NASA Internship Leads to Frontline Role for Stennis Space Center Communicator

S22 013 Stennis Photo Sallie Bilbo

STENNIS SPACE CENTER, Miss. — From NASA:

Sallie Bilbo grew up hearing the roar of engines being tested at NASA’s Stennis Space Center near Bay St. Louis, Mississippi, while spending time in her backyard with friends and family.

 A native of Pearl River, Louisiana, Bilbo’s elementary school teachers allowed her class to watch space shuttle launches, helping the children to feel as though they were part of history in the making. Little did she know then that she one day would play a role in telling the continuing story of her local NASA center.

After high school, Bilbo followed a path to becoming a business major at The University of Southern Mississippi in Hattiesburg, Mississippi. “I never thought I could work for NASA since I wasn’t interested in pursuing a career in engineering or science that you typically associate with NASA,” Bilbo said.

She did not know NASA looks for employees across a wide array of professions and offers internships to candidates from all sorts of college majors. However, when the opportunity presented itself, Bilbo applied for a Stennis internship at the end of her first year of college.

Bilbo was offered an intern position in the Stennis Public Affairs Office (now Office of Communications) and continued in that role while completing her Bachelor of Science in Business Administration. Bilbo then received a full-time position offer in the Public Affairs Office at Stennis, where she has served for almost 25 years, including her time as an intern.

Beginning full-time as a public affairs specialist in December 2001, Bilbo has worked every aspect of the office except the news chief position. In 2019, NASA selected Bilbo as the team lead for the Office of Communications. She currently serves as the acting director for the office, filling in for Director Pam Covington, who is on detail with NASA’s Langley Research Center in Hampton, Virginia.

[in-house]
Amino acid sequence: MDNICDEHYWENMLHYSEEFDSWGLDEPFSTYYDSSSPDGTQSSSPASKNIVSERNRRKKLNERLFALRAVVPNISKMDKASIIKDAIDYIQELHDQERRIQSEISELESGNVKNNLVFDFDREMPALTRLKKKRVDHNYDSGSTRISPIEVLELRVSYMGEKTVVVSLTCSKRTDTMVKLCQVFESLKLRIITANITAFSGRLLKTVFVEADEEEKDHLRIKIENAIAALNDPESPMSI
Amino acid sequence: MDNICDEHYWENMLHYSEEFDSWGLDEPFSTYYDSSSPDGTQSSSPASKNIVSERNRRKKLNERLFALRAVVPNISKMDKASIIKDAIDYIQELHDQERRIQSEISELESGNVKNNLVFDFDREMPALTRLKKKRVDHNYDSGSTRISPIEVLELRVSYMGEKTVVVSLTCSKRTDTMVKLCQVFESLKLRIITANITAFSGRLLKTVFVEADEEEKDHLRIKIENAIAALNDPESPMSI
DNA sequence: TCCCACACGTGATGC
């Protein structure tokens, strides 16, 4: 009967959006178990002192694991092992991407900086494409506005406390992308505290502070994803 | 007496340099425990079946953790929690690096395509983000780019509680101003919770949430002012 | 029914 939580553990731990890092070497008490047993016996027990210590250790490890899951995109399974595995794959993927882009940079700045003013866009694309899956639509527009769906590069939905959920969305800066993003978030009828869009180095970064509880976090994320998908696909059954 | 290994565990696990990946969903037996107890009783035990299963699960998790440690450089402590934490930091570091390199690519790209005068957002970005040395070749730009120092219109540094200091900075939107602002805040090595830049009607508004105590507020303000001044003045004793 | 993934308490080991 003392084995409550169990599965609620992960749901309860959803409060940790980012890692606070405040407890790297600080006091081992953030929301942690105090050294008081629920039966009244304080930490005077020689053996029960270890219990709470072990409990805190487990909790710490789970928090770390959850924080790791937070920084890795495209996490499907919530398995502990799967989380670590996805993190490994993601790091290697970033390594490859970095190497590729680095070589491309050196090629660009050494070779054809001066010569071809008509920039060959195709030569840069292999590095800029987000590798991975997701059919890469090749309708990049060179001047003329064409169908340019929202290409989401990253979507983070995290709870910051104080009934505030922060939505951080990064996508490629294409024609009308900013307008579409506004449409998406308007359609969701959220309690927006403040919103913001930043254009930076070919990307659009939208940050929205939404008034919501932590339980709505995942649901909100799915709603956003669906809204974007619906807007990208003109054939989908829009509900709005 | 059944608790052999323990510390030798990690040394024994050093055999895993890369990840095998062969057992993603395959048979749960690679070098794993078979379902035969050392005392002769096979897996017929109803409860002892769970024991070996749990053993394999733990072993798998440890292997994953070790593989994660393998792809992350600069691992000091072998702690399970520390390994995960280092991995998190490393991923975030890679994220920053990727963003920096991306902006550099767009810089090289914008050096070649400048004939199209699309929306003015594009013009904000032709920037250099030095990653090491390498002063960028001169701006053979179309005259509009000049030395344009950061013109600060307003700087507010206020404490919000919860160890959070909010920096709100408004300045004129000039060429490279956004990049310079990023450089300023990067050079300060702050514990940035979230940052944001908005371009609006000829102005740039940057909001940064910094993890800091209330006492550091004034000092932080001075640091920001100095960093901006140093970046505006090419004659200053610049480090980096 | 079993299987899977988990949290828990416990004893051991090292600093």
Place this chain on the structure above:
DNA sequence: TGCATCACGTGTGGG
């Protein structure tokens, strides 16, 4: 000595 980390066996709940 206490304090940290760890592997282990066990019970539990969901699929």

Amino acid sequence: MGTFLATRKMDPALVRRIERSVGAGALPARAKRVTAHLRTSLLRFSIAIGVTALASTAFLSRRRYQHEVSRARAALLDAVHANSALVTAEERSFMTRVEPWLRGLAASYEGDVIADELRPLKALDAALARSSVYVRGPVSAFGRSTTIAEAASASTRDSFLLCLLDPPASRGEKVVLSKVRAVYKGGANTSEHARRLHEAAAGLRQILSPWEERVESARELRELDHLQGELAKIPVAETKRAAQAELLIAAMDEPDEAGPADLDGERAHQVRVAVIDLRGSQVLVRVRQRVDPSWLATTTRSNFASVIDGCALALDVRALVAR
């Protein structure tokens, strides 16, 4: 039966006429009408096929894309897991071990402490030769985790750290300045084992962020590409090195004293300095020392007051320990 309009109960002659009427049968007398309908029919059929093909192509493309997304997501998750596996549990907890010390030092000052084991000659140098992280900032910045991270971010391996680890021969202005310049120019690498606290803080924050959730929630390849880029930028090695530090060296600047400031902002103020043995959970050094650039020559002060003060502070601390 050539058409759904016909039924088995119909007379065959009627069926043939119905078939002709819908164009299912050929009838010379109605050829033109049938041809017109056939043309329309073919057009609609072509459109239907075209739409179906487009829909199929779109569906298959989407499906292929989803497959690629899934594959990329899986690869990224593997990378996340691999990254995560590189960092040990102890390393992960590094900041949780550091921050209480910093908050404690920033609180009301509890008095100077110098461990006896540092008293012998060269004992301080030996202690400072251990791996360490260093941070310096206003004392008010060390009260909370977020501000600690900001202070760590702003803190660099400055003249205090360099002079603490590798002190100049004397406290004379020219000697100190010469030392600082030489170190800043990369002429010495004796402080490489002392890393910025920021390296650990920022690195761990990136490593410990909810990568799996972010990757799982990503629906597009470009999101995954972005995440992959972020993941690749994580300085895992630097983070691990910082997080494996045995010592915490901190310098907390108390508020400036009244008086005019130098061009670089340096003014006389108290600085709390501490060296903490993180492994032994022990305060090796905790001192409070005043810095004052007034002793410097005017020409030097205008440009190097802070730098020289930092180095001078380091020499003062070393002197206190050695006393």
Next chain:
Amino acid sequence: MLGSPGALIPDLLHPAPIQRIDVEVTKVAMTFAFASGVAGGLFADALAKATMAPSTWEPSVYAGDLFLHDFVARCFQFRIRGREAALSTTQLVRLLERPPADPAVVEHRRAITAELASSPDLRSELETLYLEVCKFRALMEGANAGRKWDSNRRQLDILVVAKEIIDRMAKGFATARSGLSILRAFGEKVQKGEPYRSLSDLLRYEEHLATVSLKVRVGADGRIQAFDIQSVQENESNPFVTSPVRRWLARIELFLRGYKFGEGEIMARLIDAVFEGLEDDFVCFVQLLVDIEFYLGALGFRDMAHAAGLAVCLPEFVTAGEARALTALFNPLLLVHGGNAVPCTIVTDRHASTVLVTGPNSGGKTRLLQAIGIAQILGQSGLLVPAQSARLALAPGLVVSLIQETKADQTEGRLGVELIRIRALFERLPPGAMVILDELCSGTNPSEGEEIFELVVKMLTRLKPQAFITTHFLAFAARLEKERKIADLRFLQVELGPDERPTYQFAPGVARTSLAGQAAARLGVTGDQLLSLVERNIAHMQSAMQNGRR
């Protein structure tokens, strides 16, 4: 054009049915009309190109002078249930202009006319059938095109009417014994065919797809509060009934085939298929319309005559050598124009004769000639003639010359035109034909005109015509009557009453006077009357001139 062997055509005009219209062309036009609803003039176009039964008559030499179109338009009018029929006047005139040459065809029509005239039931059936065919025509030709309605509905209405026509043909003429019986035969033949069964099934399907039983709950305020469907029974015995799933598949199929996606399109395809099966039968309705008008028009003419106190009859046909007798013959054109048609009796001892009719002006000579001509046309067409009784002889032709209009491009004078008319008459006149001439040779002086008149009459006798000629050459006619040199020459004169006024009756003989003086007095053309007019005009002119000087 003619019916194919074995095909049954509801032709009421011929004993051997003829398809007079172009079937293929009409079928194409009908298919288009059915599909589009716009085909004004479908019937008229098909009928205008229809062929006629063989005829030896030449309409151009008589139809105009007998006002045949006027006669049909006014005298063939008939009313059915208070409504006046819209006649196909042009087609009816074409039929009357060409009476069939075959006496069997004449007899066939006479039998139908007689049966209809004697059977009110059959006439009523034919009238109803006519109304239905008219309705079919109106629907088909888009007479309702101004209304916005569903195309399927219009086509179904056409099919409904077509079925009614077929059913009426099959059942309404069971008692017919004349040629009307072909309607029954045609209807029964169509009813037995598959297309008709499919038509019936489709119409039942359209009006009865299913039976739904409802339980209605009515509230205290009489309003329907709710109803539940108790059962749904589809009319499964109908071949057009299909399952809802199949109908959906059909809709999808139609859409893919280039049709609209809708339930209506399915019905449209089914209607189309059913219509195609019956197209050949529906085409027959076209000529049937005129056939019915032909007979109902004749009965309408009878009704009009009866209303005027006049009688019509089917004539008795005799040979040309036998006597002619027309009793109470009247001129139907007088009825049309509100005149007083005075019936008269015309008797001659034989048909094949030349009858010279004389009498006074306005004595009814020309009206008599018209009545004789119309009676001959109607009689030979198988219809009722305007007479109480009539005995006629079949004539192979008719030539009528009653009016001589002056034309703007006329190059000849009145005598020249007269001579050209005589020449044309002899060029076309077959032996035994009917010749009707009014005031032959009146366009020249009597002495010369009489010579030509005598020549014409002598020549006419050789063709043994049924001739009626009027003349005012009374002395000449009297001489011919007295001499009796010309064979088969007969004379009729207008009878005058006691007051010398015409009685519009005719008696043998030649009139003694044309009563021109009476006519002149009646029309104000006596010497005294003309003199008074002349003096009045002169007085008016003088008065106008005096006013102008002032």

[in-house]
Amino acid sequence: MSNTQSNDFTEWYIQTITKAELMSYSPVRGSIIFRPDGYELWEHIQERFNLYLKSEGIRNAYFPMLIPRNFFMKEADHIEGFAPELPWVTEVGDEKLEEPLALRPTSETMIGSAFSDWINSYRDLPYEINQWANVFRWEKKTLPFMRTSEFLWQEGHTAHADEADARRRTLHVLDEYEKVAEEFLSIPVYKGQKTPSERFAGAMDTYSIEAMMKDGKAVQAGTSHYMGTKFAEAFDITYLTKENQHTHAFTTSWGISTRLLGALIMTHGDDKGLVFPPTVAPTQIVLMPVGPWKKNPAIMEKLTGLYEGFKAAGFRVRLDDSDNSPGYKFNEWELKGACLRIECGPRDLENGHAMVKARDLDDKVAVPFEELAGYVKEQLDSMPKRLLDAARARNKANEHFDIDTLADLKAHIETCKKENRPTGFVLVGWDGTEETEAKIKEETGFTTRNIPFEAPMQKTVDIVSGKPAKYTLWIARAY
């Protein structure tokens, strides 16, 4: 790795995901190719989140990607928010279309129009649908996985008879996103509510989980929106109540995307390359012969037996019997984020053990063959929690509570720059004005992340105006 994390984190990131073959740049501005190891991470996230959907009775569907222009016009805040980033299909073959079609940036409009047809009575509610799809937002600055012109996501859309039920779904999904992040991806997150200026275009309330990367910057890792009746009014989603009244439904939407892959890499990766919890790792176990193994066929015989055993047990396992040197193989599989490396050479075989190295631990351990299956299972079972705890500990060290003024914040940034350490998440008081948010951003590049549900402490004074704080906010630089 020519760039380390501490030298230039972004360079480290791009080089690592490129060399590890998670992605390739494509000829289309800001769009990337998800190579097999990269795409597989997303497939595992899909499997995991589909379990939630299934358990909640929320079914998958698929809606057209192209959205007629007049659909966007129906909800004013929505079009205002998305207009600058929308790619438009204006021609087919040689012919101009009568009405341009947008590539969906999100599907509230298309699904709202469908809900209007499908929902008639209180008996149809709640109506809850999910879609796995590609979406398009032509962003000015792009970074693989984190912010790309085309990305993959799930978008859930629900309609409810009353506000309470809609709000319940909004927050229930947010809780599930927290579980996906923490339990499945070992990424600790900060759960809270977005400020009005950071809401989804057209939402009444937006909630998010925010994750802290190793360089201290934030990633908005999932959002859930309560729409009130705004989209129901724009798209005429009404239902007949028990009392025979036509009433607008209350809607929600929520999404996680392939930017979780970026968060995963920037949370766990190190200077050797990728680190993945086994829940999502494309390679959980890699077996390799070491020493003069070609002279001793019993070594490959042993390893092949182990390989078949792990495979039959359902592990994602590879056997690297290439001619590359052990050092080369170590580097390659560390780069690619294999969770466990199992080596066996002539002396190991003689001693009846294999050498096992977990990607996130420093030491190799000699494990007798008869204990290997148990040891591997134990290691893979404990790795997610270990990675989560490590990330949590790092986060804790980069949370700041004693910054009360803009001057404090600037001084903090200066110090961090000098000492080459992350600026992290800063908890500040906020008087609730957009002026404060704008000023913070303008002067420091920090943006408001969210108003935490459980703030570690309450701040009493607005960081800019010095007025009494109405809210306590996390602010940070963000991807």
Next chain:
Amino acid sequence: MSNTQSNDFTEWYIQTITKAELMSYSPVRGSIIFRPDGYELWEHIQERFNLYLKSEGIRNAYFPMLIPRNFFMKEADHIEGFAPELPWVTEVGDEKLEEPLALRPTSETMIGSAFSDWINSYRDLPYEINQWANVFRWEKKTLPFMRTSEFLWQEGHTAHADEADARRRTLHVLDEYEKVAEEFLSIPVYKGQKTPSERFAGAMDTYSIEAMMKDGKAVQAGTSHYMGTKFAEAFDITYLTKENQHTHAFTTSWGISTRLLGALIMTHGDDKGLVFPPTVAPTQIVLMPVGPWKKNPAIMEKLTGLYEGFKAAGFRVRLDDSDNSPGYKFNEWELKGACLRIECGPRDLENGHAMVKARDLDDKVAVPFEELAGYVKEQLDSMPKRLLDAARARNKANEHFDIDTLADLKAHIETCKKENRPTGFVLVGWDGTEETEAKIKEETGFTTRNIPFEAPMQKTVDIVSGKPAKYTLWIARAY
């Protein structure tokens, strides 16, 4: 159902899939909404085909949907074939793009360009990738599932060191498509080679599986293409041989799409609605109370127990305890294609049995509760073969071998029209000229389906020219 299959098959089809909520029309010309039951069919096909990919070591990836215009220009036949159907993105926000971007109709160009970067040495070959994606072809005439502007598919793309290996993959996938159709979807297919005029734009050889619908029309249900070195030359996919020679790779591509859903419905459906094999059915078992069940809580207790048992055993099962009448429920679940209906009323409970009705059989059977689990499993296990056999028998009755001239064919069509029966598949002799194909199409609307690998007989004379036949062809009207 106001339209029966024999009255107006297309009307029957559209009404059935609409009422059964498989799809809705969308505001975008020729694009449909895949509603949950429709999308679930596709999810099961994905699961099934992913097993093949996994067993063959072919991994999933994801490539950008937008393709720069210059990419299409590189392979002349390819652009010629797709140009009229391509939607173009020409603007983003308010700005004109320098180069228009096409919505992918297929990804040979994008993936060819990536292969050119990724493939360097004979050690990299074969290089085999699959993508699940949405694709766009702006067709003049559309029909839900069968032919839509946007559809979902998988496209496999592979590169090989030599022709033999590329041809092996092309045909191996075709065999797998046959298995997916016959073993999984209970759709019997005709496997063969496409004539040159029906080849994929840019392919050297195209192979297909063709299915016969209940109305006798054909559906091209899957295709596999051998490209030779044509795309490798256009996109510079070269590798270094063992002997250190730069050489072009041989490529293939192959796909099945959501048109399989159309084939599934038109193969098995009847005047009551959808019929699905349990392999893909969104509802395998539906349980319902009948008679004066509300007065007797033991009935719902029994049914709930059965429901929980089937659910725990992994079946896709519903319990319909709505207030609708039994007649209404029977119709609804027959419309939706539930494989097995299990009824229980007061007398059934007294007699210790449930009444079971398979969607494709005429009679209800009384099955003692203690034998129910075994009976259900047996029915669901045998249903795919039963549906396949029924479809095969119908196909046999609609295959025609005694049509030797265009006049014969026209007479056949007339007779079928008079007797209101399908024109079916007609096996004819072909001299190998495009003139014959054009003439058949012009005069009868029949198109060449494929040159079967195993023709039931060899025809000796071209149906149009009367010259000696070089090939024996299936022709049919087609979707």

As acting director, Bilbo serves as a liaison between the center office and both the Office of Communications Enterprise leadership at NASA Headquarters in Washington and the Stennis leadership team. Ultimately, her goal is to ensure that the public knows the role Stennis plays in America’s space program and that local residents are proud of the contributions Stennis makes to NASA’s missions. Bilbo looks to share the story of NASA in an inspiring way. “Our challenge is to ensure the public knows what we are doing and is inspired by and supportive of it,” she said. “We need support from stakeholders, employees, and the general public to back our missions. With a small office and shrinking budgets, we have to be creative in the ways we tell our story.”

Bilbo played a leading role in publicly communicating Stennis’ role in the Green Run testing of the first Space Launch System (SLS) core stage on site. The testing concluded with a March 2021 hot fire of the core stage’s four RS-25 engines, just as during an actual launch. The hot fire marked the most powerful test conducted at Stennis in more than 40 years.

 “Being involved in and witnessing the historic test was truly an honor,” said Bilbo. “Due to the pandemic, we were not able to host as many people as we initially planned. I realized that being on site when the test occurred was an opportunity of a lifetime. And knowing that I am just a small pixel in the big picture of the Artemis program gives me a great sense of pride.”